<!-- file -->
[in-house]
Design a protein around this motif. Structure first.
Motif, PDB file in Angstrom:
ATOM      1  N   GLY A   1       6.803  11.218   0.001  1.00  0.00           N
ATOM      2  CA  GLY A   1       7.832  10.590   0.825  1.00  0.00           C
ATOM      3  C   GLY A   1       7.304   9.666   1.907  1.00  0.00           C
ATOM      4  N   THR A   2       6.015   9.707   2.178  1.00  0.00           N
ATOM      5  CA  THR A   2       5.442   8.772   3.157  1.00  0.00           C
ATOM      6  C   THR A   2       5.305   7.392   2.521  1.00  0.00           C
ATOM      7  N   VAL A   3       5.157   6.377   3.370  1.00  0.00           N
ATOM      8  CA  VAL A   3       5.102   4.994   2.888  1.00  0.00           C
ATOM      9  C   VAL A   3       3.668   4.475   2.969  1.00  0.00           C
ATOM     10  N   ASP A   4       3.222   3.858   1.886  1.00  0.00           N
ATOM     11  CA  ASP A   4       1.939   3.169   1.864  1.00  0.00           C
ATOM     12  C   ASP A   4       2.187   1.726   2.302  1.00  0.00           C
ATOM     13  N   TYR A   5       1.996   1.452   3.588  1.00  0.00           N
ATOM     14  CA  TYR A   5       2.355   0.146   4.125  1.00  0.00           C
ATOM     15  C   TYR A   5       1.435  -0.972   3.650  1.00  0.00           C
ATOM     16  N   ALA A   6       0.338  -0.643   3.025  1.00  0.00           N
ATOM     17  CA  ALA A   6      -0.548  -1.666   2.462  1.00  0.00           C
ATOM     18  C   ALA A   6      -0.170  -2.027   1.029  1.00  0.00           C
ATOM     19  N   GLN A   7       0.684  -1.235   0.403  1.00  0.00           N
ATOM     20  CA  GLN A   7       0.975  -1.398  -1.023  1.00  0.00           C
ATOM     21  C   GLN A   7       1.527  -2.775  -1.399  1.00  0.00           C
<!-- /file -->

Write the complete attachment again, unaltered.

[in-house]
Design a protein around this motif. Structure first.
Motif, PDB file in Angstrom:
ATOM      1  N   GLY A   1       6.803  11.218   0.001  1.00  0.00           N
ATOM      2  CA  GLY A   1       7.832  10.590   0.825  1.00  0.00           C
ATOM      3  C   GLY A   1       7.304   9.666   1.907  1.00  0.00           C
ATOM      4  N   THR A   2       6.015   9.707   2.178  1.00  0.00           N
ATOM      5  CA  THR A   2       5.442   8.772   3.157  1.00  0.00           C
ATOM      6  C   THR A   2       5.305   7.392   2.521  1.00  0.00           C
ATOM      7  N   VAL A   3       5.157   6.377   3.370  1.00  0.00           N
ATOM      8  CA  VAL A   3       5.102   4.994   2.888  1.00  0.00           C
ATOM      9  C   VAL A   3       3.668   4.475   2.969  1.00  0.00           C
ATOM     10  N   ASP A   4       3.222   3.858   1.886  1.00  0.00           N
ATOM     11  CA  ASP A   4       1.939   3.169   1.864  1.00  0.00           C
ATOM     12  C   ASP A   4       2.187   1.726   2.302  1.00  0.00           C
ATOM     13  N   TYR A   5       1.996   1.452   3.588  1.00  0.00           N
ATOM     14  CA  TYR A   5       2.355   0.146   4.125  1.00  0.00           C
ATOM     15  C   TYR A   5       1.435  -0.972   3.650  1.00  0.00           C
ATOM     16  N   ALA A   6       0.338  -0.643   3.025  1.00  0.00           N
ATOM     17  CA  ALA A   6      -0.548  -1.666   2.462  1.00  0.00           C
ATOM     18  C   ALA A   6      -0.170  -2.027   1.029  1.00  0.00           C
ATOM     19  N   GLN A   7       0.684  -1.235   0.403  1.00  0.00           N
ATOM     20  CA  GLN A   7       0.975  -1.398  -1.023  1.00  0.00           C
ATOM     21  C   GLN A   7       1.527  -2.775  -1.399  1.00  0.00           C